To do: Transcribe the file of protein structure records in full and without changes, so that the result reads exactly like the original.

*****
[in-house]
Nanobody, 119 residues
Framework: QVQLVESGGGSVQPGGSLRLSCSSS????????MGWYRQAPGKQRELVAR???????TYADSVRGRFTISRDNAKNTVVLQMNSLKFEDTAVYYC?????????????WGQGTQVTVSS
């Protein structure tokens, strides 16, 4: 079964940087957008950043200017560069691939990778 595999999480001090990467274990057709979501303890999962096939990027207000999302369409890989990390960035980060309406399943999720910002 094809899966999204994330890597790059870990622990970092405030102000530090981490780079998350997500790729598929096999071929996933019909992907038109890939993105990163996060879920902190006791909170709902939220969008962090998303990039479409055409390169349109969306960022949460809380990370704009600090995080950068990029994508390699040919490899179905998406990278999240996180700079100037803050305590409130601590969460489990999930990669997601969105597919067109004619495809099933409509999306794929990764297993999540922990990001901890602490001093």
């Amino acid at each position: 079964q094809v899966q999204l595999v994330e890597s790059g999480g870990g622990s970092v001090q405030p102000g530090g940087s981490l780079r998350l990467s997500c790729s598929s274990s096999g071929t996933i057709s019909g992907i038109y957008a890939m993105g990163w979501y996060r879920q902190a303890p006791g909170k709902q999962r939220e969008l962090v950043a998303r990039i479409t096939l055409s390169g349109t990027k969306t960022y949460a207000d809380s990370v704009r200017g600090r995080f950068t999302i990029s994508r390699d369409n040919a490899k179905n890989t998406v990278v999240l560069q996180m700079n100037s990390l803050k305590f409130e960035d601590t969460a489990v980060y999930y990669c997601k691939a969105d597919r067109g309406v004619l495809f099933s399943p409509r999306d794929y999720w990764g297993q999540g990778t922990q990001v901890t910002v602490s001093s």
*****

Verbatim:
[in-house]
Nanobody, 119 residues
Framework: QVQLVESGGGSVQPGGSLRLSCSSS????????MGWYRQAPGKQRELVAR???????TYADSVRGRFTISRDNAKNTVVLQMNSLKFEDTAVYYC?????????????WGQGTQVTVSS
């Protein structure tokens, strides 16, 4: 079964940087957008950043200017560069691939990778 595999999480001090990467274990057709979501303890999962096939990027207000999302369409890989990390960035980060309406399943999720910002 094809899966999204994330890597790059870990622990970092405030102000530090981490780079998350997500790729598929096999071929996933019909992907038109890939993105990163996060879920902190006791909170709902939220969008962090998303990039479409055409390169349109969306960022949460809380990370704009600090995080950068990029994508390699040919490899179905998406990278999240996180700079100037803050305590409130601590969460489990999930990669997601969105597919067109004619495809099933409509999306794929990764297993999540922990990001901890602490001093």
């Amino acid at each position: 079964q094809v899966q999204l595999v994330e890597s790059g999480g870990g622990s970092v001090q405030p102000g530090g940087s981490l780079r998350l990467s997500c790729s598929s274990s096999g071929t996933i057709s019909g992907i038109y957008a890939m993105g990163w979501y996060r879920q902190a303890p006791g909170k709902q999962r939220e969008l962090v950043a998303r990039i479409t096939l055409s390169g349109t990027k969306t960022y949460a207000d809380s990370v704009r200017g600090r995080f950068t999302i990029s994508r390699d369409n040919a490899k179905n890989t998406v990278v999240l560069q996180m700079n100037s990390l803050k305590f409130e960035d601590t969460a489990v980060y999930y990669c997601k691939a969105d597919r067109g309406v004619l495809f099933s399943p409509r999306d794929y999720w990764g297993q999540g990778t922990q990001v901890t910002v602490s001093s």